The Foxy Merkins, today we cover another oddball film for which there is not much precedent, so far as I can recall. MURDER OF A CAT, the new movie from first-time-full-length filmmaker Gillian Greene, is very nearly uncategorizable. Maybe think of it as a kind of throwback. But to what? The closest match might be the screwball crime capers of the 1940s, with a man in the role usually reserved for a woman: the clueless and not very bright "investigator" who sets the plot in motion. Really: This movie sort of mimics the sensibility of that family from You Can't Take It With You but sets its behavior down in the midst of our 21st Century.
Sam Raimi (Sam was one of the producers on the film) but what she has come up with would never be mistaken for a Raimi endeavor. Her movie begins with what looks like a nail-biting escape. By whom? From what? We don't know, but the escapee sure looks scared. Then we get the title card that reads Five Days Earlier and we're whisked back in time to a pleasant surburban street and a yard sale involving a bratty kid, our beleaguered hero and the cat that will soon be headed for kitty heaven. Also on tap: out hero's semi-nattering-but-really-pretty-decent mother; a local law-enforcement officer who's infinitely nicer and more patient than any you'll have seen on film in this century; a heroine who's up to something besides being heroic; and the owner of the town's superstore which has put a number of other local small businesses out of business. Including that belonging to our hero.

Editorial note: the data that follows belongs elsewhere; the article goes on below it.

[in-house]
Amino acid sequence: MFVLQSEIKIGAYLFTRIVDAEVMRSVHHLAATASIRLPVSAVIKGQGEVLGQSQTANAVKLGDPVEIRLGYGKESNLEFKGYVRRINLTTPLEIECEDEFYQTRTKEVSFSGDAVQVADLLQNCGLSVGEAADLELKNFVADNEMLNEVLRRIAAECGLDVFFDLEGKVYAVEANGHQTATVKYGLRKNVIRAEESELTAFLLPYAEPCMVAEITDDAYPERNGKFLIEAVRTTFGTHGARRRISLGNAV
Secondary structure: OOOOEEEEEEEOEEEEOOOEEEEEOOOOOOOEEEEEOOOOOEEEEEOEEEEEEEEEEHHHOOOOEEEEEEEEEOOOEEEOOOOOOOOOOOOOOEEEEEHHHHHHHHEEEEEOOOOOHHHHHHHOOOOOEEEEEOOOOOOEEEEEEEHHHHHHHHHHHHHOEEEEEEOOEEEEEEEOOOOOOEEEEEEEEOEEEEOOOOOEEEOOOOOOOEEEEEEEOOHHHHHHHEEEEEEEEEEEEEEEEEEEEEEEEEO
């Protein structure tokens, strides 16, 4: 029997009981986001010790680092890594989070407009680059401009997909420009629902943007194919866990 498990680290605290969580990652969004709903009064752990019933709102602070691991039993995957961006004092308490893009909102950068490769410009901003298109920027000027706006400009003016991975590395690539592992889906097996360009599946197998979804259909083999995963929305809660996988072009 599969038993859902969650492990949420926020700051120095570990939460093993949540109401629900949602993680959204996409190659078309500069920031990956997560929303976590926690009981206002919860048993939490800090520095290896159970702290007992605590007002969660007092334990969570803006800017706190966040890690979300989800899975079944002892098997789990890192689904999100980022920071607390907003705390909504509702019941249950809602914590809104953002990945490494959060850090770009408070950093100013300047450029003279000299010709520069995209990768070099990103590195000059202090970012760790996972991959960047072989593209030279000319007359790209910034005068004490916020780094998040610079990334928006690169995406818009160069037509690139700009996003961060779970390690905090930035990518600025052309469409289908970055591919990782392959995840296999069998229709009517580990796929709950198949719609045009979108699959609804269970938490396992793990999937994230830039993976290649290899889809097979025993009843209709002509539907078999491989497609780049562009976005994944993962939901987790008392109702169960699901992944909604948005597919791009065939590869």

Fran Kranz (above) in that role. Mr. Kranz has impressed in some of the work of Joss Whedon and his crew, but here he gets the kind of bizarre role that actors either embrace or go running from as fast as they can. Kranz embraces it and then some.
Nikki Reed (above) makes a pleasantly abrasive other half of the investigative team,
J. K. Simmons (above), always great fun to watch, plays the local Sheriff in such a pleasant and patient manner than he almost makes you forgot his Snidely role in the current Whiplash. Blythe Danner as the sweet, thoughtful mom; Greg Kinnear, offering up all kinds of charac-terizations as the owner of that megastore; and the wonderful Leonardo Nam as the store's most bizarre employee round out the main cast.
Gravitas Ventures and running 101 minutes -- opens today, Friday, December 5, in New York City at the Village East Cinema. Simultaneously, it will also be available via VOD platforms, Amazon, Apple and iTunes.